By reason of insanity
by Joseph Hughes, Thu Jul 27, 2006 at 06:35:01 AM EDT
Here's what's been puzzling me since last night. What makes those involved in the previous examples any less insane than Yates, whose horrific crimes I'm most certainly neither excusing nor making light of? They believe in Jesus and the legend created around him. I'm assuming they also believe in the devil. Sort of comes with the territory, doesn't it? The End Timers running our country can't just believe in the bright, shiny aspects of their faith. Because, after all, their rhetoric certainly would indicate otherwise. Knowing that, I find it confusing that the faithful would consider Yates insane while at the same time giving a clean bill of mental health to the Pat Robertsons and Jerry Falwells of the word. Of course, Yates did a terrible thing, and that's something we mustn't forget. But I just don't see how the religious extremists dominating America can have it both ways.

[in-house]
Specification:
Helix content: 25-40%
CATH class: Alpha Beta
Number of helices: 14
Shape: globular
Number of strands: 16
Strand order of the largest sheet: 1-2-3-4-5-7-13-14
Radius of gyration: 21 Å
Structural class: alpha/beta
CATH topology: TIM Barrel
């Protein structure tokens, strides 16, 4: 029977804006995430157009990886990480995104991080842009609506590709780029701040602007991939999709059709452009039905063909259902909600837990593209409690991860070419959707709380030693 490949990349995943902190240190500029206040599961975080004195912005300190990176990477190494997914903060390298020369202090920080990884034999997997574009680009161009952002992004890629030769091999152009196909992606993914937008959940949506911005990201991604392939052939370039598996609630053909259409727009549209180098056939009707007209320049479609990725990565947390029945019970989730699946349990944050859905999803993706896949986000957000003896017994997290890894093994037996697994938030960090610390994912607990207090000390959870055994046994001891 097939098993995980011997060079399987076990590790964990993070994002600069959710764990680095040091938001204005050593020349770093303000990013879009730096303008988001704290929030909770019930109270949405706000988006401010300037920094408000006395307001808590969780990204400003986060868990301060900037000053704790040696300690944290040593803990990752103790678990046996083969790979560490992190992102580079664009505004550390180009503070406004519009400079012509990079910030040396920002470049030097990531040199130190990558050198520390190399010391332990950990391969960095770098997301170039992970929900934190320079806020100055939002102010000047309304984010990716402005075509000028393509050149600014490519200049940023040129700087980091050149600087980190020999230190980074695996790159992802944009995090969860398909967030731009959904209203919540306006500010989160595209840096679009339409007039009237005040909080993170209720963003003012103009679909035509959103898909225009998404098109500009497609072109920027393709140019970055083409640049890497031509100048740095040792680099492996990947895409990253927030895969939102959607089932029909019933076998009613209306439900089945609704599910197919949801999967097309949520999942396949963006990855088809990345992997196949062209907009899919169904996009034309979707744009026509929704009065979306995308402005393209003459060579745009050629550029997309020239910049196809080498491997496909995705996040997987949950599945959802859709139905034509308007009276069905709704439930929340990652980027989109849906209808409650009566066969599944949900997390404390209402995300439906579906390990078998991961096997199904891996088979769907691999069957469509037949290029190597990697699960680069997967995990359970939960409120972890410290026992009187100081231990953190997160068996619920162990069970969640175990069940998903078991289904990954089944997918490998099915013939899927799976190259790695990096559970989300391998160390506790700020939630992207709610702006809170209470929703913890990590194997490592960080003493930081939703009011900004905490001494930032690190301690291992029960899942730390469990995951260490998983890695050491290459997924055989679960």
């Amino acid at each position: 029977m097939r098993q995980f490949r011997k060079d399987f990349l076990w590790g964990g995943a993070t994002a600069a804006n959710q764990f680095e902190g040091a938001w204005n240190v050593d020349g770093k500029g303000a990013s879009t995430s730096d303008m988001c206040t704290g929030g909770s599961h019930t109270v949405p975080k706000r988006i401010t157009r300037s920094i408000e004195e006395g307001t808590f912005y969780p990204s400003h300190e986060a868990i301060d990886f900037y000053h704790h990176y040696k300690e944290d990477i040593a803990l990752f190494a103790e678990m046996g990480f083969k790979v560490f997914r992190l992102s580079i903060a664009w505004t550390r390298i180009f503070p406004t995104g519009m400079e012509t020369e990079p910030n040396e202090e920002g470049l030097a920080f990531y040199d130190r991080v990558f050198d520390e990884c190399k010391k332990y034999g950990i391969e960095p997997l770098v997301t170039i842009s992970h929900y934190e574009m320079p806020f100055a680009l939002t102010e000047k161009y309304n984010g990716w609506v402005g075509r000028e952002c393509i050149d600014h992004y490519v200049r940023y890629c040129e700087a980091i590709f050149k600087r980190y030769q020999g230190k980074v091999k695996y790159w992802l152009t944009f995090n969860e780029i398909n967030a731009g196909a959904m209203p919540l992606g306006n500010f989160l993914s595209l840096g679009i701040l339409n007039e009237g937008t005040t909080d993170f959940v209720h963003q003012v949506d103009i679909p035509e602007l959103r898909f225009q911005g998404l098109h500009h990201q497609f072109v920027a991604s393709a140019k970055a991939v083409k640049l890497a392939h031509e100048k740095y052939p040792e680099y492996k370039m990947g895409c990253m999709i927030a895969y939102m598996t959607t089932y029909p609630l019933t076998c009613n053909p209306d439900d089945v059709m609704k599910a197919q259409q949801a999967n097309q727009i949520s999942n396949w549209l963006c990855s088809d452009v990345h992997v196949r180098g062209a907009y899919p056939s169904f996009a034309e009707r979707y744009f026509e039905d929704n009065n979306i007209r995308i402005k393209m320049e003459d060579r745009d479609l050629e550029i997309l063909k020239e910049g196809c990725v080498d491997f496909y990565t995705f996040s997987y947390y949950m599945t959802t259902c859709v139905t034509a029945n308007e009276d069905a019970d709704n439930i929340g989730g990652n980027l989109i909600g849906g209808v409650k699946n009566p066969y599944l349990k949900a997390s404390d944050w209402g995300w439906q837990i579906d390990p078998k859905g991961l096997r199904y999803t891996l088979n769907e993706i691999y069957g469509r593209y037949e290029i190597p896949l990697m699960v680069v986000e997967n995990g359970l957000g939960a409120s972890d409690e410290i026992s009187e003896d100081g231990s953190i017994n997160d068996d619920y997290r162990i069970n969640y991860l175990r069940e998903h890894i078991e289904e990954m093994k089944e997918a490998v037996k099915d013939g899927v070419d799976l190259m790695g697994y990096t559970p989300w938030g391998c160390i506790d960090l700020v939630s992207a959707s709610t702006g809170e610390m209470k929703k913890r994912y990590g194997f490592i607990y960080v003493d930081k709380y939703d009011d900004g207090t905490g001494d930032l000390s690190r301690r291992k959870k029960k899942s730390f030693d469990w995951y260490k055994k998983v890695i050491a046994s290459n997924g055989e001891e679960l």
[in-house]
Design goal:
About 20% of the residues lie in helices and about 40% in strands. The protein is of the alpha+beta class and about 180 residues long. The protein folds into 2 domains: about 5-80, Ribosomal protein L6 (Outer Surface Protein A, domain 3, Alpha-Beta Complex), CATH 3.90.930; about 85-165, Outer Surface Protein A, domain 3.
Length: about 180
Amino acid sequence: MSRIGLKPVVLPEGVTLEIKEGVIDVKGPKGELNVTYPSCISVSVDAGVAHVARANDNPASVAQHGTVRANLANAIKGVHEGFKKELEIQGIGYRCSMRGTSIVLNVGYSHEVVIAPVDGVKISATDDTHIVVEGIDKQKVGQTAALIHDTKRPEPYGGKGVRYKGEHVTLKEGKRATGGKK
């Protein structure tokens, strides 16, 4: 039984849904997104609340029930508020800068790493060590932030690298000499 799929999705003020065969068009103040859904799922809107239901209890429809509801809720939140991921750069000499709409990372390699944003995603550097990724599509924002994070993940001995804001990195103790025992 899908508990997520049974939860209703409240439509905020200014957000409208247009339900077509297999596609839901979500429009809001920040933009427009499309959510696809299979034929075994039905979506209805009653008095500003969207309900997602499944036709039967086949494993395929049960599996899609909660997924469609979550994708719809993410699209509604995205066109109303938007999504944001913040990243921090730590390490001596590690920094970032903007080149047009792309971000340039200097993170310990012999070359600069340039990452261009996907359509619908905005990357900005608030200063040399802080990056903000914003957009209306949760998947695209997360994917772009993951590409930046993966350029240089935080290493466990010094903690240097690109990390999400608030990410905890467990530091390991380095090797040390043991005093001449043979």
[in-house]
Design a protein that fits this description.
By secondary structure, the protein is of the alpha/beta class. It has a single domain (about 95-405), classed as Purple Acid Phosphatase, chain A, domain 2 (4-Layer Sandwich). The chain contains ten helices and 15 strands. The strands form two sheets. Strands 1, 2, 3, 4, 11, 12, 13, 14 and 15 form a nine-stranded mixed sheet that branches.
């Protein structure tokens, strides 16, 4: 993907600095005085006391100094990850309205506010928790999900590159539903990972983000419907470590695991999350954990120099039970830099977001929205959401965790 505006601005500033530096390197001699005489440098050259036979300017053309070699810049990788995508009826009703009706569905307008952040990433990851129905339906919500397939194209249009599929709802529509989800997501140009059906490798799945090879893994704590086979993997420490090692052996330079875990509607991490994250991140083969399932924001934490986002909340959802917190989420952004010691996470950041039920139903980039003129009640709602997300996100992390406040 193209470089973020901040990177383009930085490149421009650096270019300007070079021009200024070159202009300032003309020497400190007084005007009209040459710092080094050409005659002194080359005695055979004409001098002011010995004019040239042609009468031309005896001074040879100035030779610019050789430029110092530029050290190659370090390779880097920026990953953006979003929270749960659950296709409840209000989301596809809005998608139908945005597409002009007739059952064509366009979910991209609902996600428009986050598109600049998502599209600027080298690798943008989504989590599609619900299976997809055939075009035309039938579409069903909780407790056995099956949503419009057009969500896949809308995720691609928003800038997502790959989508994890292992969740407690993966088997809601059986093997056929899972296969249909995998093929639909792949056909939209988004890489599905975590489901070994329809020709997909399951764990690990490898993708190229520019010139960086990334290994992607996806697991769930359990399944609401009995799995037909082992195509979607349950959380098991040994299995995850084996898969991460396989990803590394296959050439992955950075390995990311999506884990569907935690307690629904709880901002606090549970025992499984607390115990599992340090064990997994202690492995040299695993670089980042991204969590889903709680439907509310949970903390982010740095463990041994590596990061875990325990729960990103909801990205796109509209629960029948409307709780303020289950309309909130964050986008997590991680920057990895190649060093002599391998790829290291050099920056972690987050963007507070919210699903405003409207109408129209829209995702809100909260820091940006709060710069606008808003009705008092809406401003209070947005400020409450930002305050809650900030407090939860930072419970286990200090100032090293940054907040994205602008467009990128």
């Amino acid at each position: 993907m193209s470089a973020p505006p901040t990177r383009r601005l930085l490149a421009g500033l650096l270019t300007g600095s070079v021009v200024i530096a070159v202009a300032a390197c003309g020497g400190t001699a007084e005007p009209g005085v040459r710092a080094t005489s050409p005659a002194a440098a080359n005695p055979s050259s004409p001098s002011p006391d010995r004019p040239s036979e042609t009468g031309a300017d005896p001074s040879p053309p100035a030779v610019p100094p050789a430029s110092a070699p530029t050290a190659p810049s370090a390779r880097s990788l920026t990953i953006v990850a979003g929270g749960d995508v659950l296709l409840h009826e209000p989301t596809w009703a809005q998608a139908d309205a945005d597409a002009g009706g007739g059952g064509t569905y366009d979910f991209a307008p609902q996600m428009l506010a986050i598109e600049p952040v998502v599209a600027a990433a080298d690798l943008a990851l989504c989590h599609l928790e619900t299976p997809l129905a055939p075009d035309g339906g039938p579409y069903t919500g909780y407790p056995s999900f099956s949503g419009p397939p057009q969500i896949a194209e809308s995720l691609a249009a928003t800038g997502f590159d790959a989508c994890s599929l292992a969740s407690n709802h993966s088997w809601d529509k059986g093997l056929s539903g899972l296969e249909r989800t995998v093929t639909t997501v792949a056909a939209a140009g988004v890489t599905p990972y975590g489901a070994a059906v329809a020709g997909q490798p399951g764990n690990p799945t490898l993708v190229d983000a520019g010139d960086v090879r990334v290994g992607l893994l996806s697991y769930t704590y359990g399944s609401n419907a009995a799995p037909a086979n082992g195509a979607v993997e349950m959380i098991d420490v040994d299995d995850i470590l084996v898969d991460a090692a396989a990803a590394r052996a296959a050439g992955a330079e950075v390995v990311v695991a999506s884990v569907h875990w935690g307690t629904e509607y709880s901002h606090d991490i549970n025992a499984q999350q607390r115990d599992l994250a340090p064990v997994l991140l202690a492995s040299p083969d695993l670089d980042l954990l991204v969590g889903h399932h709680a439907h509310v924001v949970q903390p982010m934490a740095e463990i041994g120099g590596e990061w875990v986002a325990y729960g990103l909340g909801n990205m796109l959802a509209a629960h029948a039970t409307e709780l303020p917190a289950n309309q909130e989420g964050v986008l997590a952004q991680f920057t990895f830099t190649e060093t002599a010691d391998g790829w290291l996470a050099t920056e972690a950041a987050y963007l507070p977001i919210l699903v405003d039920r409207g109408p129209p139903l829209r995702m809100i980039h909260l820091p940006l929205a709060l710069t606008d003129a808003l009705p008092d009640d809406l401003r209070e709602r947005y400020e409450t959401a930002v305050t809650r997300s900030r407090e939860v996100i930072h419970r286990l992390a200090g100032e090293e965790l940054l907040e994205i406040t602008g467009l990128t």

Now, before my inbox explodes with religious right hate mail, I'm just saying we should have a real discussion about the reasons people do things and how people can crack under societal pressures just as easily as they can be labelled "insane". Clearly, Yates suffered from mental illness. But what was behind her illness? Yates, it was reported, had a history of mental problems. She had been hospitalized several times and had attempted to commit suicide on at least two occasions. Further, as the cited article said, "she believed she was failing to properly home-school her children in the Houston suburb of Clear Lake and was haunted by visions that one of her sons would become a gay prostitute." Sounds to me like she was under a tremendous amount of pressure, especially to be a good exemplar of her faith. And if we're going to declare her insane for her actions, I think we should spend equal time examining the faith-based factors behind her actions. I have a feeling there's a lot more insanity out there than we're comfortable admitting.